- Some Merger Event provisions will be familiar to users of the 1996 Definitions, including Alternative Obligation and Options Exchange Adjustment. There have, however, been fundamental changes to the way certain provisions operate. In particular, the mechanisms underlying Cancellation and Payment (including the new Partial Cancellation and Payment) have been reworked, with two alternatives available for option transactions. One alternative, Calculation Agent Determination, affords a significant degree of flexibility in relation to the determination of the amount payable in respect of a Cancellation and Payment. In the other, an Agreed Model sets out in considerable detail how the value of the Transaction upon cancellation should be determined, taking into account changes in the level of Implied Volatility and other specified factors relevant to the price of an option. These changes are determined at specified points in relation to the occurrence of the Merger Event.
- This choice, between Agreed Model and Calculation Agent Determination for option transactions, is one to which users of these 2002 Definitions should consider carefully when selecting Cancellation and Payment or Partial Cancellation and Payment.
- A further change concerns the addition of Calculation Agent Adjustment as a possible consequence specified for a Merger Event. Moreover, another new consequence has been introduced: Modified Calculation Agent Adjustment. The main difference between the two consequences is that, under Modified Calculation Agent Adjustment, the Calculation Agent may adjust the Transaction to account for changes in volatility, expected dividends, stock loan rate or liquidity relevant to the Shares but is prohibited from doing so under Calculation Agent Adjustment. Both elections allow the Calculation Agent to proceed to Cancellation and Payment (in which case the Calculation Agent Determination method will apply to option transactions and a Cancellation Amount will be determined by the Determining Party or Parties for forward and swap transactions) in the event that, in its view, no adjustment it could make to the Transaction would produce a commercially reasonable result.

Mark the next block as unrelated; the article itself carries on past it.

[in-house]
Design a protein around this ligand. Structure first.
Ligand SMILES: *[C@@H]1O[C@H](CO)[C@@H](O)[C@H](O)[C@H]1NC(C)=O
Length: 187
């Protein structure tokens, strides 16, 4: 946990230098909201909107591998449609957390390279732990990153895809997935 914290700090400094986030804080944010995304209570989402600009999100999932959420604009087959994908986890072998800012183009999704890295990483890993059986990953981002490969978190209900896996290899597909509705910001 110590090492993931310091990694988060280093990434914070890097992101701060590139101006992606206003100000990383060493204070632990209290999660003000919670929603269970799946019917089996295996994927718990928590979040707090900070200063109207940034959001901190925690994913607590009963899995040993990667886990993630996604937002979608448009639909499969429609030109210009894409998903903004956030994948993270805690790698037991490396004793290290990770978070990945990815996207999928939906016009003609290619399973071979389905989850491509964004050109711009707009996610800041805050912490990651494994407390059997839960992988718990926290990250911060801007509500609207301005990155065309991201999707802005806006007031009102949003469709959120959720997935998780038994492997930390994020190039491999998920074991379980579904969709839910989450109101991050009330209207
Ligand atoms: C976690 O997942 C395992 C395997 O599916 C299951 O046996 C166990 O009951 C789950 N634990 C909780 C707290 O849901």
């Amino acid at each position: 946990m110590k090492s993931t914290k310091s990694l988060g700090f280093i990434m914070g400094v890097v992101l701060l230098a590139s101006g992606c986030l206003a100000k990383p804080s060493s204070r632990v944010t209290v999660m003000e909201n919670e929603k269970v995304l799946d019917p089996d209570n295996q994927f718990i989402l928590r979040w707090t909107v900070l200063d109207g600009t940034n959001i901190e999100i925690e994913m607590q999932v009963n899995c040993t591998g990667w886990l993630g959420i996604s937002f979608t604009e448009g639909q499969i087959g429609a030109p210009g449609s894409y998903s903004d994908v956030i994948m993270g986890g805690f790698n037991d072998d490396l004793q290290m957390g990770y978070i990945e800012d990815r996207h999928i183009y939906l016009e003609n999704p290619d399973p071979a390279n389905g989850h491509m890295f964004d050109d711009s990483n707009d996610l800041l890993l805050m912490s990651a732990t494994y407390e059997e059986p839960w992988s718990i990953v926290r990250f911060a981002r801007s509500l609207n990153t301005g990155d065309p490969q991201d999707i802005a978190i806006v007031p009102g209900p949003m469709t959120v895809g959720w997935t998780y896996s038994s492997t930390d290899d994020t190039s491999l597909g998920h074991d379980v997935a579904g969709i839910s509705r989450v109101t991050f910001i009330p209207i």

- Another alteration is that, with regards to a Share-for-Combined Merger Event, parties may specify “Component Adjustment”, whereby they distinguish in terms of consequence between (a) that portion of the consideration that consists of New Shares and (b) the portion of the consideration that consists of Other Consideration. Under this provision, the consequence selected by the parties for a Share-for-Share Merger Event will apply to the former and that selected for a Share-for-Other Merger Event will apply to the latter.
- Finally, with regards to Merger Events, users may wish to note that there is a certain amount of flexibility built into the determination of Merger Date. While specific standards apply in many jurisdictions, the evidence suggested that this was not consistent across jurisdictions and, in some instances, within them. A standard is therefore offered, but the need for flexibility is explicitly recognized too.
- Corporate action
- Calculation Agent Adjustment;
- Modified Calculation Agent Adjustment.
- Adjustments and Modifications
- Adjustments to Indices
- Adjustments to Share Transactions and Share Basket Transactions